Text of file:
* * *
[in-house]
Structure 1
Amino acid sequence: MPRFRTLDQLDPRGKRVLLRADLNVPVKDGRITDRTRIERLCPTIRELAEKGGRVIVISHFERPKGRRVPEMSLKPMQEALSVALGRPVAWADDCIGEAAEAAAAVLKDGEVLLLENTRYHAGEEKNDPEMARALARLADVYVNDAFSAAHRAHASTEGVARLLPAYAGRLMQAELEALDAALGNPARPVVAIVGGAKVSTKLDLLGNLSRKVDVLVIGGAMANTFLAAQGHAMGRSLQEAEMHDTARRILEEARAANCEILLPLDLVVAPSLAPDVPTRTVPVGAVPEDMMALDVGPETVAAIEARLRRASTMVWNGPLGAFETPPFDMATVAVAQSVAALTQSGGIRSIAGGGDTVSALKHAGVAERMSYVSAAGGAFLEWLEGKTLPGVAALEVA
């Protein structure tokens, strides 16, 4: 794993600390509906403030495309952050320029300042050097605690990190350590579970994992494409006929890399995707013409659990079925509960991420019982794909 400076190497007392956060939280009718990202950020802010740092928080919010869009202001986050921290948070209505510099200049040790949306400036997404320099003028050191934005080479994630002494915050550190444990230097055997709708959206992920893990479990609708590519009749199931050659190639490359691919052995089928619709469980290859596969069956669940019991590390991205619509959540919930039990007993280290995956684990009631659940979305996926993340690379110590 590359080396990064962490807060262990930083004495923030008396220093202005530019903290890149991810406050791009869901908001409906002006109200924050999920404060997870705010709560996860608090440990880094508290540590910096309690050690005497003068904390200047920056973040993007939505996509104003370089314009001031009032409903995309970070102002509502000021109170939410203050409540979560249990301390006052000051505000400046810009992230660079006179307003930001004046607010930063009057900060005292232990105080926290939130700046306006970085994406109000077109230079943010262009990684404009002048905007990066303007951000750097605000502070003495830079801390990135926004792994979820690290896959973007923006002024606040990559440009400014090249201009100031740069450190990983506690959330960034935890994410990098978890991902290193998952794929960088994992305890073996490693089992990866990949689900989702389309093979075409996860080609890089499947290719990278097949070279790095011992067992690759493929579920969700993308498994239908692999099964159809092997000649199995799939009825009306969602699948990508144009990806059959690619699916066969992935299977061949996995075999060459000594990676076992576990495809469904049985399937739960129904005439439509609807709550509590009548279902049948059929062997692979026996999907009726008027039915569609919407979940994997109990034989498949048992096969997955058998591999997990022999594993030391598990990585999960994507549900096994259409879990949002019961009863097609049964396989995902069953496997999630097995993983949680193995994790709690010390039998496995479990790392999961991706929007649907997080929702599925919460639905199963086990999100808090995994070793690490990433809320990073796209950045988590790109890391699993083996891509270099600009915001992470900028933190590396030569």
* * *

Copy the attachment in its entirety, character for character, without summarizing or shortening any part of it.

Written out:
[in-house]
Structure 1
Amino acid sequence: MPRFRTLDQLDPRGKRVLLRADLNVPVKDGRITDRTRIERLCPTIRELAEKGGRVIVISHFERPKGRRVPEMSLKPMQEALSVALGRPVAWADDCIGEAAEAAAAVLKDGEVLLLENTRYHAGEEKNDPEMARALARLADVYVNDAFSAAHRAHASTEGVARLLPAYAGRLMQAELEALDAALGNPARPVVAIVGGAKVSTKLDLLGNLSRKVDVLVIGGAMANTFLAAQGHAMGRSLQEAEMHDTARRILEEARAANCEILLPLDLVVAPSLAPDVPTRTVPVGAVPEDMMALDVGPETVAAIEARLRRASTMVWNGPLGAFETPPFDMATVAVAQSVAALTQSGGIRSIAGGGDTVSALKHAGVAERMSYVSAAGGAFLEWLEGKTLPGVAALEVA
């Protein structure tokens, strides 16, 4: 794993600390509906403030495309952050320029300042050097605690990190350590579970994992494409006929890399995707013409659990079925509960991420019982794909 400076190497007392956060939280009718990202950020802010740092928080919010869009202001986050921290948070209505510099200049040790949306400036997404320099003028050191934005080479994630002494915050550190444990230097055997709708959206992920893990479990609708590519009749199931050659190639490359691919052995089928619709469980290859596969069956669940019991590390991205619509959540919930039990007993280290995956684990009631659940979305996926993340690379110590 590359080396990064962490807060262990930083004495923030008396220093202005530019903290890149991810406050791009869901908001409906002006109200924050999920404060997870705010709560996860608090440990880094508290540590910096309690050690005497003068904390200047920056973040993007939505996509104003370089314009001031009032409903995309970070102002509502000021109170939410203050409540979560249990301390006052000051505000400046810009992230660079006179307003930001004046607010930063009057900060005292232990105080926290939130700046306006970085994406109000077109230079943010262009990684404009002048905007990066303007951000750097605000502070003495830079801390990135926004792994979820690290896959973007923006002024606040990559440009400014090249201009100031740069450190990983506690959330960034935890994410990098978890991902290193998952794929960088994992305890073996490693089992990866990949689900989702389309093979075409996860080609890089499947290719990278097949070279790095011992067992690759493929579920969700993308498994239908692999099964159809092997000649199995799939009825009306969602699948990508144009990806059959690619699916066969992935299977061949996995075999060459000594990676076992576990495809469904049985399937739960129904005439439509609807709550509590009548279902049948059929062997692979026996999907009726008027039915569609919407979940994997109990034989498949048992096969997955058998591999997990022999594993030391598990990585999960994507549900096994259409879990949002019961009863097609049964396989995902069953496997999630097995993983949680193995994790709690010390039998496995479990790392999961991706929007649907997080929702599925919460639905199963086990999100808090995994070793690490990433809320990073796209950045988590790109890391699993083996891509270099600009915001992470900028933190590396030569």